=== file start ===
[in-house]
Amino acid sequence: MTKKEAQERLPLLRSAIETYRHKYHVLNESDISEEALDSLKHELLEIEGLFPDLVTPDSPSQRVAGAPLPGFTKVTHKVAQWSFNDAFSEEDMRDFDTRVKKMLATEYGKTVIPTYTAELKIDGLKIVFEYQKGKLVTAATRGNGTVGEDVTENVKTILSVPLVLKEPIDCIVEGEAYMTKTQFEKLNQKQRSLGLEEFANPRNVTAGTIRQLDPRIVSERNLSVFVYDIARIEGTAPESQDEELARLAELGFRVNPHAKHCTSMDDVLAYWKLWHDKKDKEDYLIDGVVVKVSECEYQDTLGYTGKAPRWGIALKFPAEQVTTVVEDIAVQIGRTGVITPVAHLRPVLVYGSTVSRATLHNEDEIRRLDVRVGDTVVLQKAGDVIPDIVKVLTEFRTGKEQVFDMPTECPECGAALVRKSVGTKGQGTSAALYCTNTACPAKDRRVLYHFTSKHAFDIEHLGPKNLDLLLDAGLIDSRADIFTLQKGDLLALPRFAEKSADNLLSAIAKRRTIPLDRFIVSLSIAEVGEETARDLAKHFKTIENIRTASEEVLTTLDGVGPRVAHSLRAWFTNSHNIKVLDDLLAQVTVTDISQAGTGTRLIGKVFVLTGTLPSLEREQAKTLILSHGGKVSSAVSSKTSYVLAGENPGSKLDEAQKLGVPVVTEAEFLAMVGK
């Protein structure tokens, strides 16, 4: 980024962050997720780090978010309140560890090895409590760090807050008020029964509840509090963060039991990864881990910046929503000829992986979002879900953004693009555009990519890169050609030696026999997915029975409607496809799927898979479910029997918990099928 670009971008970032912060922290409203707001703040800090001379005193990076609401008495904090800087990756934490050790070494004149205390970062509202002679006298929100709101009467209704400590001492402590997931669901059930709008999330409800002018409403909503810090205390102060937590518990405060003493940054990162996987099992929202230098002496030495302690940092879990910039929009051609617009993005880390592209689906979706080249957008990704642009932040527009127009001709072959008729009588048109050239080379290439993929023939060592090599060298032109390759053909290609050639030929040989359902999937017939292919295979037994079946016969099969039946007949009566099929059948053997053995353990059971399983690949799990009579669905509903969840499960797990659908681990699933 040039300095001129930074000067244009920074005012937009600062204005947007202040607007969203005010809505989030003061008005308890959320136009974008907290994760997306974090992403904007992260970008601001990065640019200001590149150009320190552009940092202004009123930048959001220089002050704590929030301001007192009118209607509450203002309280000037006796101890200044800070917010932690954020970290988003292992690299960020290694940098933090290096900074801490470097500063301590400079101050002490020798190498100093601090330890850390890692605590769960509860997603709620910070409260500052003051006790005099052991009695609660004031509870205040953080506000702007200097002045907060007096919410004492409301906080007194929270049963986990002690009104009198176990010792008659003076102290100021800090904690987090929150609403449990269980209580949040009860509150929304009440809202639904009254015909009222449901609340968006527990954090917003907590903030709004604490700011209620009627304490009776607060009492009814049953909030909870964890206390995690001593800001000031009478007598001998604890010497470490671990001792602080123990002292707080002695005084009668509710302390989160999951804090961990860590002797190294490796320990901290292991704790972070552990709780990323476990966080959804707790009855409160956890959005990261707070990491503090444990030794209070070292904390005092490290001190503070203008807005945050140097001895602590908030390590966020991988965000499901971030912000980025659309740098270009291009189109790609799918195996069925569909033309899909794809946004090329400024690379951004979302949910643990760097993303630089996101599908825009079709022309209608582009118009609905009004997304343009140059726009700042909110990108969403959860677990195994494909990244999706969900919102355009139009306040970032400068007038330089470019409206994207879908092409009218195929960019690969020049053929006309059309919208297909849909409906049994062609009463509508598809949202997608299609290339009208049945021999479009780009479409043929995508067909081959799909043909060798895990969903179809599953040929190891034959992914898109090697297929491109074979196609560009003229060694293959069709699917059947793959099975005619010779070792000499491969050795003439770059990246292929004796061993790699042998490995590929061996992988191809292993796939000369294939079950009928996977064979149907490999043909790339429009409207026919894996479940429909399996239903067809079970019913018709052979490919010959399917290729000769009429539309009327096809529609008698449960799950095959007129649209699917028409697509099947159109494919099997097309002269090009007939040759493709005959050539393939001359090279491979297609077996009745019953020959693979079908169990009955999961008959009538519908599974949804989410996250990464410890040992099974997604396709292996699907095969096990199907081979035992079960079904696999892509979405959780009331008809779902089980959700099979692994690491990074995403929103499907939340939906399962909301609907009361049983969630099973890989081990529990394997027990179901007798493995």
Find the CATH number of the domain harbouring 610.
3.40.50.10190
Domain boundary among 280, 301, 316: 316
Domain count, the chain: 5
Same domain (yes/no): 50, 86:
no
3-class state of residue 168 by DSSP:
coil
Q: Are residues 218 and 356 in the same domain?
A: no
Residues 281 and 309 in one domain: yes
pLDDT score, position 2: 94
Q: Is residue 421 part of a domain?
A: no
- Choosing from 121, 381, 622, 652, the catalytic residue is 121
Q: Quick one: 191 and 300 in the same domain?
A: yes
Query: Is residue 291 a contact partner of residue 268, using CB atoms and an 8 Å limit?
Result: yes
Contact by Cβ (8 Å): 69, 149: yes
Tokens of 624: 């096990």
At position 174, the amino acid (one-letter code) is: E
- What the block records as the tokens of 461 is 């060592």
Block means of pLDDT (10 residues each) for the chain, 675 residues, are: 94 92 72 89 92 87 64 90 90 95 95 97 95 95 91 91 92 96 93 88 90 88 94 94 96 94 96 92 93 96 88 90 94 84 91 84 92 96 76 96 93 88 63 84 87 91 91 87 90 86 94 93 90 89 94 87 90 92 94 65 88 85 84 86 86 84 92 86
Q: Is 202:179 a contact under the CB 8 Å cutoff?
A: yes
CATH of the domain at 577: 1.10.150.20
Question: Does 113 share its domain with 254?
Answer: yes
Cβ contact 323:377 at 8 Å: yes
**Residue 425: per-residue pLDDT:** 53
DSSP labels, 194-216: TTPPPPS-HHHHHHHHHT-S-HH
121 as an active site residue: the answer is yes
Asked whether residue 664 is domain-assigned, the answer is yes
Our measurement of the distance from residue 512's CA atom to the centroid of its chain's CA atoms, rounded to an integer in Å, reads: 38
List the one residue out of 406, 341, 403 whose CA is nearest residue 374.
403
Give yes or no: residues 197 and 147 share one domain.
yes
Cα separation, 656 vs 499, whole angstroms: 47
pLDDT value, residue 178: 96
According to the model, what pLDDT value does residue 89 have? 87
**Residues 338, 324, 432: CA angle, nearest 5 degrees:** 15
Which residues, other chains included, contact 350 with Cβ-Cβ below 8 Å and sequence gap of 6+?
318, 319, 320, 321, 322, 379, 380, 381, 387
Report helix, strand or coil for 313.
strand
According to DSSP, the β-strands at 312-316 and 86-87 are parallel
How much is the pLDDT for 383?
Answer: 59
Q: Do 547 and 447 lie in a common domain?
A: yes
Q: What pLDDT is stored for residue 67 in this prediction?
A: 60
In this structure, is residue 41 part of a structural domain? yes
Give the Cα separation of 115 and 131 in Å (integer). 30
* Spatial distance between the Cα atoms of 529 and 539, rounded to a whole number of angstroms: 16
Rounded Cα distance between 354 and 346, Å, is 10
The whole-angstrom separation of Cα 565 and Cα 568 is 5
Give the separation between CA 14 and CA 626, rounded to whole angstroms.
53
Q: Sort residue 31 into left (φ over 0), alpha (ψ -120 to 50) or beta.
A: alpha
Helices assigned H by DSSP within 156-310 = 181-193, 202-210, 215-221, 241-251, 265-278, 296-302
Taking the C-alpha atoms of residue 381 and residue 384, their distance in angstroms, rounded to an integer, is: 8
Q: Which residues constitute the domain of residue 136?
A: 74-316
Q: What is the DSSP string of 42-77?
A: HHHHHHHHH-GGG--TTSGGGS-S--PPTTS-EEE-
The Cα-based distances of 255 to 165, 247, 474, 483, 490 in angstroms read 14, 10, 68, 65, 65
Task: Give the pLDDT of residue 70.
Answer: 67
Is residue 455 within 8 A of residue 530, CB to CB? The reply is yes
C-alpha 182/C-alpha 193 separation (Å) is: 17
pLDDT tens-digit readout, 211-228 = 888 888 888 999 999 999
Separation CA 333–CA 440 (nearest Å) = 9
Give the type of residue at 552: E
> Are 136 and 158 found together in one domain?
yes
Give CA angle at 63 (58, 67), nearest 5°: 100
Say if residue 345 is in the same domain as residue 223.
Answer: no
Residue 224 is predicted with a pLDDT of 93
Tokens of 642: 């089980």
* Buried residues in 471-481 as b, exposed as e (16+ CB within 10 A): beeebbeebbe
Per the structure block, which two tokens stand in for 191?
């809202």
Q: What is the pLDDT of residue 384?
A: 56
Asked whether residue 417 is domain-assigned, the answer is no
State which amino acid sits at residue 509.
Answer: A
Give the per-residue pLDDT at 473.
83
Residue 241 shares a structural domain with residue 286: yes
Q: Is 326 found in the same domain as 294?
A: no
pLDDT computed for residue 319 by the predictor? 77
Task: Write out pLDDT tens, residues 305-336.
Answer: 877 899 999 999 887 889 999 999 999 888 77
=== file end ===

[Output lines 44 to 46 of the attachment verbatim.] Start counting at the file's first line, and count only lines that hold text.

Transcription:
pLDDT value, residue 178: 96
According to the model, what pLDDT value does residue 89 have? 87
**Residues 338, 324, 432: CA angle, nearest 5 degrees:** 15